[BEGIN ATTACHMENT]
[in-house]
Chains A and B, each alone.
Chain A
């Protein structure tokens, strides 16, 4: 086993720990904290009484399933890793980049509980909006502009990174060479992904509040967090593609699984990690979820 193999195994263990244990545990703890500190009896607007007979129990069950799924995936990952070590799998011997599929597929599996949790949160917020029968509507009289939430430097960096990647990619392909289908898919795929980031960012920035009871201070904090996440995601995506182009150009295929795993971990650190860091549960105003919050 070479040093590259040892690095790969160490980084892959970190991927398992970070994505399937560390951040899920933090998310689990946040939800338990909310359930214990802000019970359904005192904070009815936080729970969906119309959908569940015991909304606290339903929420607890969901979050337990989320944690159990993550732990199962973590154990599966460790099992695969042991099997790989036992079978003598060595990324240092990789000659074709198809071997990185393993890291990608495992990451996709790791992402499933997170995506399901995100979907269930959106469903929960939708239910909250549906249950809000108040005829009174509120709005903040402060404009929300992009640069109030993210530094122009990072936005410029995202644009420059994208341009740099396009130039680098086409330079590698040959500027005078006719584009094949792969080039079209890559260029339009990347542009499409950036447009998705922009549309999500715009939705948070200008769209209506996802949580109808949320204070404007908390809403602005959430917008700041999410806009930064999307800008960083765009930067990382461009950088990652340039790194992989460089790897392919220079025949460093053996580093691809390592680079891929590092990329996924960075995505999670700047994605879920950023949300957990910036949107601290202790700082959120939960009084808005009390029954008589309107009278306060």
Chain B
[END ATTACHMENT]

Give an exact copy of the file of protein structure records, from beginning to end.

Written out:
[in-house]
Chains A and B, each alone.
Chain A
């Protein structure tokens, strides 16, 4: 086993720990904290009484399933890793980049509980909006502009990174060479992904509040967090593609699984990690979820 193999195994263990244990545990703890500190009896607007007979129990069950799924995936990952070590799998011997599929597929599996949790949160917020029968509507009289939430430097960096990647990619392909289908898919795929980031960012920035009871201070904090996440995601995506182009150009295929795993971990650190860091549960105003919050 070479040093590259040892690095790969160490980084892959970190991927398992970070994505399937560390951040899920933090998310689990946040939800338990909310359930214990802000019970359904005192904070009815936080729970969906119309959908569940015991909304606290339903929420607890969901979050337990989320944690159990993550732990199962973590154990599966460790099992695969042991099997790989036992079978003598060595990324240092990789000659074709198809071997990185393993890291990608495992990451996709790791992402499933997170995506399901995100979907269930959106469903929960939708239910909250549906249950809000108040005829009174509120709005903040402060404009929300992009640069109030993210530094122009990072936005410029995202644009420059994208341009740099396009130039680098086409330079590698040959500027005078006719584009094949792969080039079209890559260029339009990347542009499409950036447009998705922009549309999500715009939705948070200008769209209506996802949580109808949320204070404007908390809403602005959430917008700041999410806009930064999307800008960083765009930067990382461009950088990652340039790194992989460089790897392919220079025949460093053996580093691809390592680079891929590092990329996924960075995505999670700047994605879920950023949300957990910036949107601290202790700082959120939960009084808005009390029954008589309107009278306060």
Chain B